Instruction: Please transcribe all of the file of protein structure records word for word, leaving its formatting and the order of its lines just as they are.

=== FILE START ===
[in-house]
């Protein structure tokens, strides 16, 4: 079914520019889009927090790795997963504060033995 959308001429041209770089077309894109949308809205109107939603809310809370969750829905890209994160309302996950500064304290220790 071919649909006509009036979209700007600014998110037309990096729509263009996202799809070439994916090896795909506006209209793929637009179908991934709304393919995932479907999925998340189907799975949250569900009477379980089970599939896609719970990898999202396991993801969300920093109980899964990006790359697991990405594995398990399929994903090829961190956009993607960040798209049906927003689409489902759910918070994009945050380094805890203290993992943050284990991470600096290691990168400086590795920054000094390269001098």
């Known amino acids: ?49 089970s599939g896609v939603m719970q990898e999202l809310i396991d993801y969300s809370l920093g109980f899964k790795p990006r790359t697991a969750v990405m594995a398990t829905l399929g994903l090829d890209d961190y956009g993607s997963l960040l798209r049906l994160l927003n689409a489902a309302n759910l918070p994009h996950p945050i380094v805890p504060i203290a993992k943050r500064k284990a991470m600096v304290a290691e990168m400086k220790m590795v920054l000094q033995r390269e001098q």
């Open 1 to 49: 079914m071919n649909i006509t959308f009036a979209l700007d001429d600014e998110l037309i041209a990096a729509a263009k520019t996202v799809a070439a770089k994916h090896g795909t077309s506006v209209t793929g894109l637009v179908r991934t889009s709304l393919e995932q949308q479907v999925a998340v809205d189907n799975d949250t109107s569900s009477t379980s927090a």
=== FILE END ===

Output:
[in-house]
């Protein structure tokens, strides 16, 4: 079914520019889009927090790795997963504060033995 959308001429041209770089077309894109949308809205109107939603809310809370969750829905890209994160309302996950500064304290220790 071919649909006509009036979209700007600014998110037309990096729509263009996202799809070439994916090896795909506006209209793929637009179908991934709304393919995932479907999925998340189907799975949250569900009477379980089970599939896609719970990898999202396991993801969300920093109980899964990006790359697991990405594995398990399929994903090829961190956009993607960040798209049906927003689409489902759910918070994009945050380094805890203290993992943050284990991470600096290691990168400086590795920054000094390269001098």
């Known amino acids: ?49 089970s599939g896609v939603m719970q990898e999202l809310i396991d993801y969300s809370l920093g109980f899964k790795p990006r790359t697991a969750v990405m594995a398990t829905l399929g994903l090829d890209d961190y956009g993607s997963l960040l798209r049906l994160l927003n689409a489902a309302n759910l918070p994009h996950p945050i380094v805890p504060i203290a993992k943050r500064k284990a991470m600096v304290a290691e990168m400086k220790m590795v920054l000094q033995r390269e001098q």
């Open 1 to 49: 079914m071919n649909i006509t959308f009036a979209l700007d001429d600014e998110l037309i041209a990096a729509a263009k520019t996202v799809a070439a770089k994916h090896g795909t077309s506006v209209t793929g894109l637009v179908r991934t889009s709304l393919e995932q949308q479907v999925a998340v809205d189907n799975d949250t109107s569900s009477t379980s927090a």